Tangled, Part 3

This is the third and final entry in my series of rants about the animated movie, Tangled. I liked the movie, but was disappointed that it wasn’t better when it could have rivaled anything out of Pixar’s studio. Check out parts one and two, and keep in mind that there are spoilers ahead.

The Horse

Maximus, from Tangled

Maximus. Stalwart steed. When his human master fails to catch the thief, he carries on, doing a much better job than the incompetent guards can manage.

Until he decides to act like a dog.

This character (and he is a character whose actions further the story) was clearly intended for comic relief, and he does that pretty well. My absolute favorite moment in the movie, when Flynn gleefully yells, “This is the strangest thing I’ve ever done!”, would have been impossible without Maximus.

No, my complaint regarding Maximus is that they tried too hard to make him funny. By making Maximus a hypercompetent sidekick, they created — and took advantage of — numerous opportunities for brilliance. However, adding in the dog-like behaviors was not only unnecessary but detrimental to the impact of his character.

Here we have a super-intelligent horse who is doing the job the king’s guard should be doing, and doing it well. He tracks Flynn with such determination that he seems to be constantly angry. Maximus’s deadly serious attitude is made all the funnier by the fact that the guards consider him a beast of burden, just a riding mount. And indeed, when he takes off across the countryside alone he’s still wearing his riding gear, paying it no attention whatsoever.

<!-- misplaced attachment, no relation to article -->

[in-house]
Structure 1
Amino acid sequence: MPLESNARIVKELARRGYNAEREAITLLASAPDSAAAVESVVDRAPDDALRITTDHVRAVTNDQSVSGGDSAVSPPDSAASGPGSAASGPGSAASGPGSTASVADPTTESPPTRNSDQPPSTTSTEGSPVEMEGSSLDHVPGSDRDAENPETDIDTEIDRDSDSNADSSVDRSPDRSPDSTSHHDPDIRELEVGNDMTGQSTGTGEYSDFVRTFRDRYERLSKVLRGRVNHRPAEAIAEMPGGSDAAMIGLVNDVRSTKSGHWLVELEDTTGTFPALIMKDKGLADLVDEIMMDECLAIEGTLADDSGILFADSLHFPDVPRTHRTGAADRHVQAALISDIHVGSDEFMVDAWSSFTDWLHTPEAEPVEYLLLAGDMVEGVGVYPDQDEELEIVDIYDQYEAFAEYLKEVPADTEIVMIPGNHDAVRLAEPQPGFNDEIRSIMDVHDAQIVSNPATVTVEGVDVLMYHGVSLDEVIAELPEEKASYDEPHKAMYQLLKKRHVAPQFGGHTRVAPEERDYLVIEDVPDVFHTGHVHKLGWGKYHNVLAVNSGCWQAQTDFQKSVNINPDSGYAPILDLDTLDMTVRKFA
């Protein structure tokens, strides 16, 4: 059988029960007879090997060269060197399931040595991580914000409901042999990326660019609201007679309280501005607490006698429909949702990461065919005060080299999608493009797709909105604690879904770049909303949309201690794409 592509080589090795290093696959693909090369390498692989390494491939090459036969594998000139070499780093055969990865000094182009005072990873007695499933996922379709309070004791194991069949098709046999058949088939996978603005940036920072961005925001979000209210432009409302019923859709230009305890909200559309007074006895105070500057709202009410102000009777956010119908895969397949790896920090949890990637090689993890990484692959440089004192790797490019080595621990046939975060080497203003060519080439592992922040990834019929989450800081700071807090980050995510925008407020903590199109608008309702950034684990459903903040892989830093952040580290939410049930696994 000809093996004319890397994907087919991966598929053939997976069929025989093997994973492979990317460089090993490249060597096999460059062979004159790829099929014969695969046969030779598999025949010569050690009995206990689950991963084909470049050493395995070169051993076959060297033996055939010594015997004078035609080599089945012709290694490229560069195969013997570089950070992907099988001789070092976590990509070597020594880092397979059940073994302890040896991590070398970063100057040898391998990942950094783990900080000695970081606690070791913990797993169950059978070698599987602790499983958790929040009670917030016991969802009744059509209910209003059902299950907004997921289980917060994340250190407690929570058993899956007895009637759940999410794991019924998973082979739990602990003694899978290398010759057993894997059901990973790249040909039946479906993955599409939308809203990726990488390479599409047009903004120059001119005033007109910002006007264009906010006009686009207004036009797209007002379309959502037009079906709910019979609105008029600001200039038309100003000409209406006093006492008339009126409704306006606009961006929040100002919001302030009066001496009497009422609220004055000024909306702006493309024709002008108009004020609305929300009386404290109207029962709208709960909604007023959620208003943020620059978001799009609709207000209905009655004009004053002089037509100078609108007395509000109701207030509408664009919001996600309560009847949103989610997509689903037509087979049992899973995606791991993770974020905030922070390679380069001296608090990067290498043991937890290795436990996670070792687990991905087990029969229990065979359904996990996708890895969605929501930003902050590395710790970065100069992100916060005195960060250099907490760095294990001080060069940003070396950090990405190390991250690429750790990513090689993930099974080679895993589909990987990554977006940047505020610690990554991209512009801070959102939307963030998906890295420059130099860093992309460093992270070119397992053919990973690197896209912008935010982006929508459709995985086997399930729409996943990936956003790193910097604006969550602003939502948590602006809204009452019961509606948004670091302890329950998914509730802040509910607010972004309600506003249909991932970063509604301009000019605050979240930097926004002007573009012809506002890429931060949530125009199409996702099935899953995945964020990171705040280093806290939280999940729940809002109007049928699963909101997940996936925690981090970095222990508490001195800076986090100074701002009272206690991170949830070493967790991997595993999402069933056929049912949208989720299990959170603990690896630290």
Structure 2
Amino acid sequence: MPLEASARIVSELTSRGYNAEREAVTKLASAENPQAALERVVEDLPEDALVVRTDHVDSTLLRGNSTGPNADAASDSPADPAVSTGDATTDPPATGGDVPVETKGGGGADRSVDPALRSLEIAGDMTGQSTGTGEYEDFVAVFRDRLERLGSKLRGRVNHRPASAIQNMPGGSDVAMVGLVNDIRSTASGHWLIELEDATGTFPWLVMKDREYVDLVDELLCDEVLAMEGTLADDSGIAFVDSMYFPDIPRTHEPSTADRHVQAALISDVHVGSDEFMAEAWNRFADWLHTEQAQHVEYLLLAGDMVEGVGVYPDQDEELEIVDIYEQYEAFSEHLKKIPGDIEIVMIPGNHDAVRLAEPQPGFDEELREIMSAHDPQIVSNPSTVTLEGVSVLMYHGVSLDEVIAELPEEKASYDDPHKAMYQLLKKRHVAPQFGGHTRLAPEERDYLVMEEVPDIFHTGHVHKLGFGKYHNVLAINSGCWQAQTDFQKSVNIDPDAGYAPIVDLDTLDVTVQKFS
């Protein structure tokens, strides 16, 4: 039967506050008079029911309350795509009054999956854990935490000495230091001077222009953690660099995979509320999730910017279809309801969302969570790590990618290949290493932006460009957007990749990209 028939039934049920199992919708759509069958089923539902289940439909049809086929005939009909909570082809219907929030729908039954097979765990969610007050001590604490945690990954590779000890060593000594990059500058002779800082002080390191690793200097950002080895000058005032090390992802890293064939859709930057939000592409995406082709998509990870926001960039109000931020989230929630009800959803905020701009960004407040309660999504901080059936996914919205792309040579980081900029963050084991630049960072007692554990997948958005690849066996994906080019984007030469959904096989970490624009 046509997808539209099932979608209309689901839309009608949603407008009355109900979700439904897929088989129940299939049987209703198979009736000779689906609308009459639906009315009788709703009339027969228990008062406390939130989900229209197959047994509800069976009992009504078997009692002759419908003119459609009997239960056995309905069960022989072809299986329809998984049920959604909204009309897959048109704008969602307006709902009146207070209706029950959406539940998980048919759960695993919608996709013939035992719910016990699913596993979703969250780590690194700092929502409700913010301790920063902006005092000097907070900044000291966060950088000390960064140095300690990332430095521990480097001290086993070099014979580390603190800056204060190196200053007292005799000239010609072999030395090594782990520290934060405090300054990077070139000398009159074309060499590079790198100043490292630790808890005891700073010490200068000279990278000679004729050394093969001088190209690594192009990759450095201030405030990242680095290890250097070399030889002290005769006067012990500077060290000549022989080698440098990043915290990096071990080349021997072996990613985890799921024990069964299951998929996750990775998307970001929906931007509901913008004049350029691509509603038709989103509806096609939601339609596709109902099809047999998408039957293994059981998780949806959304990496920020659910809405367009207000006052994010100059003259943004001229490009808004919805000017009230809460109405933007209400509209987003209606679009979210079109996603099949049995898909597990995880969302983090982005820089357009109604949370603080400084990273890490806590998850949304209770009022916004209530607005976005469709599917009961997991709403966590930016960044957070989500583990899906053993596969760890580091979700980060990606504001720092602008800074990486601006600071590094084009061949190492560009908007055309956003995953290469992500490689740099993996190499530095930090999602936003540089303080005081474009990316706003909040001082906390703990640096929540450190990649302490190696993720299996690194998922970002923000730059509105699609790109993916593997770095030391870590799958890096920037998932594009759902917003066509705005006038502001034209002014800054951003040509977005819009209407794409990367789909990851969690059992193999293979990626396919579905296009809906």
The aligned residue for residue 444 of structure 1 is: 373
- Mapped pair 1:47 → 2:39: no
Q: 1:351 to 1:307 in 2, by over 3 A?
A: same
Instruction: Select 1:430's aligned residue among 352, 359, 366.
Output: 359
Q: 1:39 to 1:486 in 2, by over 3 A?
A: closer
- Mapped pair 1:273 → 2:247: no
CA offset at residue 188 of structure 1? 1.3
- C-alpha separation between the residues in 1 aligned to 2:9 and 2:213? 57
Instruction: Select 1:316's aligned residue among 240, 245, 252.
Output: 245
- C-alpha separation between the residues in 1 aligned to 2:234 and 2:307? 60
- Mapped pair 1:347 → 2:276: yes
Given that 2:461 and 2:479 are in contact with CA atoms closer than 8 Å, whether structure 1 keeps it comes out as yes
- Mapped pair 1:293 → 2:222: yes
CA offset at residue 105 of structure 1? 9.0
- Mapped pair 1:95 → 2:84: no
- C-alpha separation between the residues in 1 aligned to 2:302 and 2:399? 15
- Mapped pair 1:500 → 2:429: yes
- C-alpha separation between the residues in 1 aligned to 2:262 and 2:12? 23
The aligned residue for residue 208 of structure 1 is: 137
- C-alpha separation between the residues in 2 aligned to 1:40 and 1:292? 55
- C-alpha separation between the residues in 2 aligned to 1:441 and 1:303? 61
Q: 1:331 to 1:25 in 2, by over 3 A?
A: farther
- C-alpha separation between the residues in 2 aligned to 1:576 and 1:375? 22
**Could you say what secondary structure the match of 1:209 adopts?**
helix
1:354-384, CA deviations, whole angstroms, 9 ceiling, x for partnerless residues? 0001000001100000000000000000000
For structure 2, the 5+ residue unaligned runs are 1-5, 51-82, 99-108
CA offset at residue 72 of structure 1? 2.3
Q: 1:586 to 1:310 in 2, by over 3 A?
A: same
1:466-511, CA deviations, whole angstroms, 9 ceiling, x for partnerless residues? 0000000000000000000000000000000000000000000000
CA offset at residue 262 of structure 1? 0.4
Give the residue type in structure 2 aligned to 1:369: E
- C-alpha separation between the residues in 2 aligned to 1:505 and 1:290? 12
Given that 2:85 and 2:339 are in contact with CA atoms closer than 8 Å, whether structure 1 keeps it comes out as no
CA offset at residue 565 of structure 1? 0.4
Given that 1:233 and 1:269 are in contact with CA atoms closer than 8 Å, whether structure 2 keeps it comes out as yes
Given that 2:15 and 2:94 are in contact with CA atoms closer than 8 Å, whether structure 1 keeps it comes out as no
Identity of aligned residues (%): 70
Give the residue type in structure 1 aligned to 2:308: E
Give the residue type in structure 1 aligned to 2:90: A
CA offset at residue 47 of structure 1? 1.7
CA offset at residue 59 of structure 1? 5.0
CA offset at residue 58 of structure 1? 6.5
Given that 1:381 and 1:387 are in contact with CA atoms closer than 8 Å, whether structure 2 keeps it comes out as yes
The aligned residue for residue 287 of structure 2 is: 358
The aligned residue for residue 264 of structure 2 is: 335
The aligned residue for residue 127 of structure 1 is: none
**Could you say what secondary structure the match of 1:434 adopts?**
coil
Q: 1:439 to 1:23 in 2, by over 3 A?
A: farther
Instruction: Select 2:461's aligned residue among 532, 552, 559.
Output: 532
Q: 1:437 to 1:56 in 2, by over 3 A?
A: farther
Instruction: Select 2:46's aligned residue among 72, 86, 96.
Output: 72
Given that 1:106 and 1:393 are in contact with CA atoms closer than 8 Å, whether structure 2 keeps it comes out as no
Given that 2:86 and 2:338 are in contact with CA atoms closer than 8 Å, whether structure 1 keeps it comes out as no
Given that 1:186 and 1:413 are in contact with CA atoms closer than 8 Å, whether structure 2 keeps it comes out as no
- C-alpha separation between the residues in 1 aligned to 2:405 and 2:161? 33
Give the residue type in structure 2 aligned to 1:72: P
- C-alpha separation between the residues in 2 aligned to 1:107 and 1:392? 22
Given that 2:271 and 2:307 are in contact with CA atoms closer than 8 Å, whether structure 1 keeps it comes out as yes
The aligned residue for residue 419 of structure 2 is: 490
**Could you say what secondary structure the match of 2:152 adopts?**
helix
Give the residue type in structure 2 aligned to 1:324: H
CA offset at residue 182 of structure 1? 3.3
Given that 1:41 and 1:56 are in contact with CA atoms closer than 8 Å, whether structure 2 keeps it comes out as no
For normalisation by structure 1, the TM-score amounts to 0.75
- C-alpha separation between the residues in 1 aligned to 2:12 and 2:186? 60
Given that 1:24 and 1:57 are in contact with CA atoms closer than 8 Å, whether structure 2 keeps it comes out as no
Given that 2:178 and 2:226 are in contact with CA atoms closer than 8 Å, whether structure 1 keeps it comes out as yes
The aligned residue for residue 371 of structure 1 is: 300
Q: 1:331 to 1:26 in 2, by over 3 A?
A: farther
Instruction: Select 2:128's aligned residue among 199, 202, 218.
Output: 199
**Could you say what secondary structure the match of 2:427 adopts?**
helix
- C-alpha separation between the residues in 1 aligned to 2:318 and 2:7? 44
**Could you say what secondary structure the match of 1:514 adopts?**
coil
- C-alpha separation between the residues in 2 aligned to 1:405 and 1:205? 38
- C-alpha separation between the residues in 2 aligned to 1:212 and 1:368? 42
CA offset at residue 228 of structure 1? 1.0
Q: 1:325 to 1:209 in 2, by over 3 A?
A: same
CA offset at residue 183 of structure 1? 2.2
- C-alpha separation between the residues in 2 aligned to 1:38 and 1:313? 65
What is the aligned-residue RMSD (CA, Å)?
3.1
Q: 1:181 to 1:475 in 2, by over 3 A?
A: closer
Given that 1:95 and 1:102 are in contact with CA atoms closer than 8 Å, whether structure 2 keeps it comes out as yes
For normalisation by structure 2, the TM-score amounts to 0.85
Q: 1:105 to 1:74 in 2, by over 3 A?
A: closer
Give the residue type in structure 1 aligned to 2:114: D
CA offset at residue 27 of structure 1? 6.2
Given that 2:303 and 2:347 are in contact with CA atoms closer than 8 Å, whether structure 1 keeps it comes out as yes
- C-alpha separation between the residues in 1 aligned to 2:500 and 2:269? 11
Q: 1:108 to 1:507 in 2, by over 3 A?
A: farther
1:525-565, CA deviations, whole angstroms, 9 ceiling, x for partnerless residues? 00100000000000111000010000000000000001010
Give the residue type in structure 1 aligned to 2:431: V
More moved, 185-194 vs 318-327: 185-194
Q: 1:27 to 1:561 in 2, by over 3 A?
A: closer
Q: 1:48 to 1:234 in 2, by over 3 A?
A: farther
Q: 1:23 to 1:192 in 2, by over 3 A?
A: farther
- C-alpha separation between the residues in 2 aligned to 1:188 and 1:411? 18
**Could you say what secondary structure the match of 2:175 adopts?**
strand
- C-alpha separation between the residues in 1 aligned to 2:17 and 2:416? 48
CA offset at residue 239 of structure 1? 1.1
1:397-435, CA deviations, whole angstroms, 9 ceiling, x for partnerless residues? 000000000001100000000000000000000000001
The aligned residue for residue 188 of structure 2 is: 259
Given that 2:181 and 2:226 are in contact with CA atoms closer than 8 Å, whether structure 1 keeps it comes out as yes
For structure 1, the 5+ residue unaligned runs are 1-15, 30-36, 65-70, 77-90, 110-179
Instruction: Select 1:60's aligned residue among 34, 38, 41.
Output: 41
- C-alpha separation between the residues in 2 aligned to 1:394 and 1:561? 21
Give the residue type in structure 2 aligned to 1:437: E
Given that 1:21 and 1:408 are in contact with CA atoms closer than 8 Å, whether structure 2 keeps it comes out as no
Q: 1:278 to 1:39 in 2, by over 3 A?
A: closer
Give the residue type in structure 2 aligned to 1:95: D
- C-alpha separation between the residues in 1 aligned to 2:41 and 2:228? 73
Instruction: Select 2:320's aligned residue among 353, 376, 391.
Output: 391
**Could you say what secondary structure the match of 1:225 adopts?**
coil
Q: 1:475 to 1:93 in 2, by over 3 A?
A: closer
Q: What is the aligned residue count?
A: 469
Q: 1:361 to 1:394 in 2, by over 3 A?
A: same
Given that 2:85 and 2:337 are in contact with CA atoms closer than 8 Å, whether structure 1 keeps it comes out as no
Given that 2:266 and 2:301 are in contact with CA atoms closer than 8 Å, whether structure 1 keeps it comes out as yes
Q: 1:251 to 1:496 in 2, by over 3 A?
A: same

Which is why it just kills me that when he finds Flynn, Rapunzel uses SIT! and it’s SUPER EFFECTIVE. What happened to the determination that drove him alone across the countryside?

I’ll tell you what happened. What happened is that they needed him to stop chasing Flynn and help instead, so they changed his character partway through the movie at the drop of a hat.

I would much rather have seen Rapunzel charm Maximus into ceasing his quest with her singing. That, at least, would have lent more merit to the idea that Rapunzel’s singing activates the power of her magical sun hair, as well as preventing Maximus from becoming just another momentary plot advancement device like the gecko. They had a good thing in Maximus and they ruined it to meet shallow, momentary ends instead of exploring how he could have added more depth to everything.

The End

And that concludes this three-part series. There are other, smaller things in the movie they could have tweaked to improve it, but they don’t warrant their own posts.

My best friend chided me for writing these in the first place. I don’t remember his exact words, but it was something along the lines of, “I don’t see why you’re complaining so much about what was really a very good movie.” And he’s right in that it is a good movie. I won’t deny that.

I am just very frustrated about all the ways they could have tweaked it to make it a great movie. In a nutshell, the movie was far shallower than it could have been, partly because they added in — or didn’t remove, I don’t know how the create process flowed — unnecessary elements that kept the movie from flowing tightly. If they had fixed that problem, then the musical problems would still have been a shame, but given the audience Disney plays to these days and the fact that interest in musicals is dying, I probably wouldn’t have felt it worth complaining about.

Anyway, despite my complaints, I do recommend you watch the movie if you haven’t seen it already. It is, after all, very good.

One thought on “Tangled, Part 3

  1. Pingback: Tangled, Part 2 | Lena LeRay, Extant Human

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